Socialist Worker

A crucial week for the French movement

by Anindya Bhattacharyya
Issue No. 1995

Trade unionists on the streets of Paris Pic: Jess Hurd / reportdigital.co.uk

Trade unionists on the streets of Paris Pic: Jess Hurd / reportdigital.co.uk


Huge numbers of young people and workers took to the streets of France on Tuesday in continuing protests against the right wing government’s CPE youth labour laws.

Initial reports suggested that the size of the demonstrations was even larger than last week’s massive day of action, when some three million protested across France.

This week saw hundreds of thousands marching through the streets of Paris. Over 250,000 demonstrated in Marseilles, 115,000 in Bordeaux, 70,000 in Nantes and 45,000 in Lyon, according to organisers. All these figures are similar to or larger than those of last week.

The strikes, in contrast, seemed around the same size or smaller than the previous week’s day of action.

Tuesday’s protests come at a critical point for the struggle against the CPE. French president Jacques Chirac announced on Friday of last week that he would ratify the law, in defiance of the huge wave of protest against it.

All France’s trade unions responded by refusing to negotiate until the CPE is withdrawn. The centre left Socialist Party for the first time called on its supporters to join the Tuesday protests.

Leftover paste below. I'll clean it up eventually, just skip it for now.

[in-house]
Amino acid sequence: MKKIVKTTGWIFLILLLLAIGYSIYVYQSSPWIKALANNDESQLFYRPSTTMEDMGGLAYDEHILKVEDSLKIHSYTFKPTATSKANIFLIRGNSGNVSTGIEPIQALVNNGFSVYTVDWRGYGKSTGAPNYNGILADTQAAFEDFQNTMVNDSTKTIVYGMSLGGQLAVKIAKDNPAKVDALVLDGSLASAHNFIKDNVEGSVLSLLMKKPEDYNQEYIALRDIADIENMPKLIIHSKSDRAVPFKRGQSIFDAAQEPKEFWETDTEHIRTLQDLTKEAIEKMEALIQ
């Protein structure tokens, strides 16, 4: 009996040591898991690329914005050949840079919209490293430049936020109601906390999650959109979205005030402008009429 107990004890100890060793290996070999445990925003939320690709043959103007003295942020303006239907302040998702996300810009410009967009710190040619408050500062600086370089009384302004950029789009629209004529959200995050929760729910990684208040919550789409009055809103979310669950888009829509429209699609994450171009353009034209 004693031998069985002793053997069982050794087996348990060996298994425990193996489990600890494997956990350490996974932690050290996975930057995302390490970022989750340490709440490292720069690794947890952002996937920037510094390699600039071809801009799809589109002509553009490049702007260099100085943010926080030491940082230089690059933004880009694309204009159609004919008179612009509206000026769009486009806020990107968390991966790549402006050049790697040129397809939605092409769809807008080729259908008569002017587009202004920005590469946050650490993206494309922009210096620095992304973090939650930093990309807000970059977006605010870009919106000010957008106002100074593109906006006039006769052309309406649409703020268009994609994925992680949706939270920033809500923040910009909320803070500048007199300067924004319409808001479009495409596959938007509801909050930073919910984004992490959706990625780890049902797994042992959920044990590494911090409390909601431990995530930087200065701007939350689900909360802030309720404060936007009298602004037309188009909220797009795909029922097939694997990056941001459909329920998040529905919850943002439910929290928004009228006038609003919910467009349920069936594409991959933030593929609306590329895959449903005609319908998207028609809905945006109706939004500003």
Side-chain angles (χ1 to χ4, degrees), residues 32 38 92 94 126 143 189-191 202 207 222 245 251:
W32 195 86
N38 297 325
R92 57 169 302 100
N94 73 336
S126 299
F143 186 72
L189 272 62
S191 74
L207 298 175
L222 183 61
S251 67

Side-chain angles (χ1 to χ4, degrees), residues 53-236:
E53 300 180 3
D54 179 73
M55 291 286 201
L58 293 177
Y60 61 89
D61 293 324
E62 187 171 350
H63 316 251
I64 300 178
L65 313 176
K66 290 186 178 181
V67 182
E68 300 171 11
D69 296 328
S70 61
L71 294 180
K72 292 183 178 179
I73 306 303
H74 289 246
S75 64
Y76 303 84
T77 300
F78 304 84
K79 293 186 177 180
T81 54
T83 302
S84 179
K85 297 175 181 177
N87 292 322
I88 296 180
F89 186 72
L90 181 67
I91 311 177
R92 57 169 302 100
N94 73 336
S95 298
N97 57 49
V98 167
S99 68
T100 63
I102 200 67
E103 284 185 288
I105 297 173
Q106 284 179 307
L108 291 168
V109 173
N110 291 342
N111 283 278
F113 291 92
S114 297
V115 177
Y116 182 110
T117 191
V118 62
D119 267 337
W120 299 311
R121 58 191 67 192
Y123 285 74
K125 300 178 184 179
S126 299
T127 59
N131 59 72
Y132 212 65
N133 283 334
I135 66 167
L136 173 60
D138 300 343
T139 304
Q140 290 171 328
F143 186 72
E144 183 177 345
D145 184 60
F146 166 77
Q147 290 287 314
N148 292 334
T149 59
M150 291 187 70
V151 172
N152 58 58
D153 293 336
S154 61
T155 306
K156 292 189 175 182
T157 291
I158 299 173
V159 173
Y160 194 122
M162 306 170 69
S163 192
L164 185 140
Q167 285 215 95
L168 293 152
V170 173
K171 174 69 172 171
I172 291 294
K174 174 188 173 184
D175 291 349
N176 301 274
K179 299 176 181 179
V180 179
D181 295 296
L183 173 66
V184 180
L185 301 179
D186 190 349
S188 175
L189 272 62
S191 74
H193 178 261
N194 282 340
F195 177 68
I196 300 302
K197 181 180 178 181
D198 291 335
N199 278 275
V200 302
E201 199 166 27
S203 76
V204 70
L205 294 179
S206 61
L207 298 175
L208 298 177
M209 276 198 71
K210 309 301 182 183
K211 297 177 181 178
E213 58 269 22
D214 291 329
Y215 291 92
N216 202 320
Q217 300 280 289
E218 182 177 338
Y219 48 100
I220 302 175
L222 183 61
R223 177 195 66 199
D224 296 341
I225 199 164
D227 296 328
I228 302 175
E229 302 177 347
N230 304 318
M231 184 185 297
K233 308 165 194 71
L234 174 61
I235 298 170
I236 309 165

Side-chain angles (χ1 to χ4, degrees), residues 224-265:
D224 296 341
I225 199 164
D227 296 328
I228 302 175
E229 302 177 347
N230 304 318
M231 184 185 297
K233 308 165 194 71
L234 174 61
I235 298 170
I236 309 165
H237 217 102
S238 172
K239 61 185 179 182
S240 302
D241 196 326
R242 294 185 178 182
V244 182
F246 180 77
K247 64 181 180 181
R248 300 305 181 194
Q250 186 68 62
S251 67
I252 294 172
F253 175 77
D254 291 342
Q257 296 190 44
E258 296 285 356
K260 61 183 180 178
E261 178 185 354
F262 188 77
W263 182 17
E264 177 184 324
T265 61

By the day of the protest the government was in disarray, promising that even though the CPE had been ratified it would not actually be applied. The government is desperate to meet with the unions—but also desperate not to lose face.

Easter holidays start this Friday in many regions of France, including Paris. Activists fear this could demobilise the student movement which has been the driving force behind the protests.

The build-up for an indefinite general strike across the country has been slow. The crucial question is whether strikes can be spread to the private sector, and whether groups of workers stay out after Tuesday.

Trade union leaders were maintaining a hard line at the beginning of this week. But internal documents of the main CGT union federation argue against provoking a “regime crisis”.

The struggle is prompting mass meetings even broader than those around last year’s successful campaign against the EU constitution.

Around 1,000 workers and students met in Toulouse last week to discuss the political way forward.

The political mood in France remains extraordinarily polarised. If the movement gathers strength this week it can comprehensively defeat the CPE—but time is fast running out for the kind of hard hitting action that can achieve this goal.


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